Quarterly data on GDP for 2020 confirmed our estimates that business activity did not wane during the autumn wave of the pandemic, in contrast to many other countries. Furthermore, companies promptly responded to the recovery in demand, purchasing equipment, making investments in production expansion, and forming the inventories of raw products and components. Among other things, this is evidenced by the rise in investment imports over the last six months.

Taking into account high-frequency indicators for the first quarter, we keep unchanged our GDP growth forecast for this year at 3–4%. As the reduction in GDP was slightly lower last year and demand has increased, the economy may generally reach pre-pandemic levels as early as in the second half of the year. This will be primarily driven by a more active recovery of households’ consumption, which will be supported by growth in disposable income, retail lending, and a declining savings rate.

Monetary conditions remain accommodative.  Nominal interest rates are close to their record lows. Accommodative monetary conditions support high growth rates of lending to the economy. We forecast that corporate lending will expand by 8–12% this year. Mortgage lending will continue to increase fast at 16–20%.

The rise in unsecured consumer lending which slowed down last year has accelerated. In March, seasonally adjusted monthly growth rates exceeded 15% in annualised terms. As the increase in unsecured consumer lending exceeds the growth of incomes, this entails excessive debt burden for borrowers. As before, we believe that such a situation involves significant risks. Therefore, in the near future, we will consider the issue of returning to pre-crisis risk buffers for new loans.

Accommodative monetary policy has reduced interest rates not only on loans, but also on deposits. Moreover, elevated inflation is detrimental to households’ savings: deposit rates often do not exceed inflation. Inflation threatens both people’s current incomes and savings, especially in cash. The increase in the key rate will support rises in deposit rates, on the one hand, and slow down inflation and protect households’ funds from devaluation, on the other hand.

Now, I would like to speak on external conditions and the parameters of the balance of payments.We proceed from the fact that the global economy will be bouncing back faster than we expected in February. This will be driven by a large-scale fiscal stimulus in advanced economies and the mass vaccination of people worldwide. The growth of the global economy will boost the demand for Russian exports. Taking into account this factor and the slower recovery of oil production under the OPEC+ agreements, we have raised our forecast for oil prices from 50 to 60 US dollars per barrel this year and to 55 US dollars per barrel next year. The forecast for 2023 remains unchanged at 50 US dollars per barrel.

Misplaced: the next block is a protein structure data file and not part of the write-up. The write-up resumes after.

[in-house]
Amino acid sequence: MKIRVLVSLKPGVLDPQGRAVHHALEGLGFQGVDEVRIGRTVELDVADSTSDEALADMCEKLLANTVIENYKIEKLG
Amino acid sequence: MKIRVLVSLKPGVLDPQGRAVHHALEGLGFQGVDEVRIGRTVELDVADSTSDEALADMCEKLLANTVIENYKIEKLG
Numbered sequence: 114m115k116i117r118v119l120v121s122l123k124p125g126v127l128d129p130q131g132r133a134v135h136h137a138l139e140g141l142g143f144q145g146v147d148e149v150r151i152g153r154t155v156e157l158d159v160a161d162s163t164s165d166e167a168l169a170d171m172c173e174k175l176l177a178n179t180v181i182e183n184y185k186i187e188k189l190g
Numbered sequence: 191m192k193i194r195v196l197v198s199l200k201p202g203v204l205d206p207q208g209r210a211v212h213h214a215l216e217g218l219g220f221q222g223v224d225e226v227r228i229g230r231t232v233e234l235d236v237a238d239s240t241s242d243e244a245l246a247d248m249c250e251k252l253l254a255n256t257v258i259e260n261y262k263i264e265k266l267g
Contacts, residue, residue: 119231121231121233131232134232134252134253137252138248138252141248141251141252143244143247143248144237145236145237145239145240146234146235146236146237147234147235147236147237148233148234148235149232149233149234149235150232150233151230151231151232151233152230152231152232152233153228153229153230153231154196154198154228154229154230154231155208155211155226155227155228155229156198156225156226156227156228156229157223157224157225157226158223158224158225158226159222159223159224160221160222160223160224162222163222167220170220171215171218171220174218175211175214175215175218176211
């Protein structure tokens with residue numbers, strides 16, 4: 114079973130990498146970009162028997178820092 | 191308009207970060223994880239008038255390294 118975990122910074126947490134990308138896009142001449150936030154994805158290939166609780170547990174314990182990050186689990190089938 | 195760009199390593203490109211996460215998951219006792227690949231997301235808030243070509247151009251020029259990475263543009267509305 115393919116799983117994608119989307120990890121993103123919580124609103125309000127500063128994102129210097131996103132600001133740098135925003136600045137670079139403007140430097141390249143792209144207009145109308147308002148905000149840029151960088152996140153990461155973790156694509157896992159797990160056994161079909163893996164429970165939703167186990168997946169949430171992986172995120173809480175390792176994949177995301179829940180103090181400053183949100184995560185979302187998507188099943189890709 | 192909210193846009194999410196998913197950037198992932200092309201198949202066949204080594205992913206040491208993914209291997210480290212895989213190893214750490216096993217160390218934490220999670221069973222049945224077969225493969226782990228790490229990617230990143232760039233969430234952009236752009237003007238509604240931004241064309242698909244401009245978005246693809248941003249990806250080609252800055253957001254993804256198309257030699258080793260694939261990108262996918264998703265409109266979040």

Accordingly, we have also increased the forecasts for exports and the trade surplus. As domestic demand has been expanding, we have revised the imports forecast upwards. The current account surplus will grow to 56 billion US dollars this year from 34 billion US dollars last year.

Now, I would like to discuss in detail risks that are beyond our baseline forecast.

Proinflationary risks are primarily associated with increased inflation expectations. As inflationary pressure is stronger and supply-side factors exert additional influence on price growth, inflation expectations may stay elevated for longer time. Consequently, the saving ratio may decline faster, with consumer activity rising above expectations.

As always, there are risks related to the external sector, including changes in the geopolitical environment. We have always taken them into account. In a situation where these risks materialise, an increase in volatility in financial markets may speed up inflation, which we factor in when making our decisions.

There are also disinflationary risks, yet the probability of their materialisation is lower and they are mostly associated with the fact that demand growth may turn out to be below our expectations. This group of risks may also include a faster reopening of borders, as a result of which demand may shift from domestic consumption to foreign travels. The risk of new coronavirus strains or lower paces of vaccination persists, which, in contrast, may reduce people’s mobility and limit consumption growth, especially in the services sector.

If the situation develops not in line with our baseline scenario, we will be responding so as to bring inflation back close to its 4% target over the forecast horizon.

Winding up, I would like to comment on the future path of the key rate.

Today, we have first published the ranges of the average Bank of Russia key rate for a calendar year over the forecast horizon. According to our baseline forecast, this year the average key rate will generally equal 4.8–5.4% p.a., 5.3–6.3% p.a. next year, and 5–6% p.a. in 2023, which is in line with the range of the long-term neutral key rate.

By publishing the path of the key rate, we increase the transparency of our communication, which will ultimately improve the efficiency of monetary policy.

Thank you for your attention."